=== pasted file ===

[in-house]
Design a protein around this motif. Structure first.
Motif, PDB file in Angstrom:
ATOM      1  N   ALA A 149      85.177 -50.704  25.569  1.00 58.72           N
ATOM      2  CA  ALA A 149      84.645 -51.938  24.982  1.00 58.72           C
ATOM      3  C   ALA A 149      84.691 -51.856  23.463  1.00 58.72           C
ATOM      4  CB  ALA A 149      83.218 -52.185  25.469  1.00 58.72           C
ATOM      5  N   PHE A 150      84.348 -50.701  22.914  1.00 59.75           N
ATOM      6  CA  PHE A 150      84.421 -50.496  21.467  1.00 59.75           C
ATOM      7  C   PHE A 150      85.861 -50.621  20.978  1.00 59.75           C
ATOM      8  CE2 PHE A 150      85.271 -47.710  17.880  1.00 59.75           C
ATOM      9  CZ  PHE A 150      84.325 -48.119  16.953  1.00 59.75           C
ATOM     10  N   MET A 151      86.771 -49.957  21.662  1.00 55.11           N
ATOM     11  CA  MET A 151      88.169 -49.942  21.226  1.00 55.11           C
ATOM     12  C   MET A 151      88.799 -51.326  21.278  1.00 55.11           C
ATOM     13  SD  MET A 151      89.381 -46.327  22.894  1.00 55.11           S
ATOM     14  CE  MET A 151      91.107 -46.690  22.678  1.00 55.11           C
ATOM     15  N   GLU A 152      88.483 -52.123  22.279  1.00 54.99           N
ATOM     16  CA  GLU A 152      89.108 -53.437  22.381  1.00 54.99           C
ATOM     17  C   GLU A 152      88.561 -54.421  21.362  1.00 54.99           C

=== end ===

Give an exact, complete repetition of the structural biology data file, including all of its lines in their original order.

[in-house]
Design a protein around this motif. Structure first.
Motif, PDB file in Angstrom:
ATOM      1  N   ALA A 149      85.177 -50.704  25.569  1.00 58.72           N
ATOM      2  CA  ALA A 149      84.645 -51.938  24.982  1.00 58.72           C
ATOM      3  C   ALA A 149      84.691 -51.856  23.463  1.00 58.72           C
ATOM      4  CB  ALA A 149      83.218 -52.185  25.469  1.00 58.72           C
ATOM      5  N   PHE A 150      84.348 -50.701  22.914  1.00 59.75           N
ATOM      6  CA  PHE A 150      84.421 -50.496  21.467  1.00 59.75           C
ATOM      7  C   PHE A 150      85.861 -50.621  20.978  1.00 59.75           C
ATOM      8  CE2 PHE A 150      85.271 -47.710  17.880  1.00 59.75           C
ATOM      9  CZ  PHE A 150      84.325 -48.119  16.953  1.00 59.75           C
ATOM     10  N   MET A 151      86.771 -49.957  21.662  1.00 55.11           N
ATOM     11  CA  MET A 151      88.169 -49.942  21.226  1.00 55.11           C
ATOM     12  C   MET A 151      88.799 -51.326  21.278  1.00 55.11           C
ATOM     13  SD  MET A 151      89.381 -46.327  22.894  1.00 55.11           S
ATOM     14  CE  MET A 151      91.107 -46.690  22.678  1.00 55.11           C
ATOM     15  N   GLU A 152      88.483 -52.123  22.279  1.00 54.99           N
ATOM     16  CA  GLU A 152      89.108 -53.437  22.381  1.00 54.99           C
ATOM     17  C   GLU A 152      88.561 -54.421  21.362  1.00 54.99           C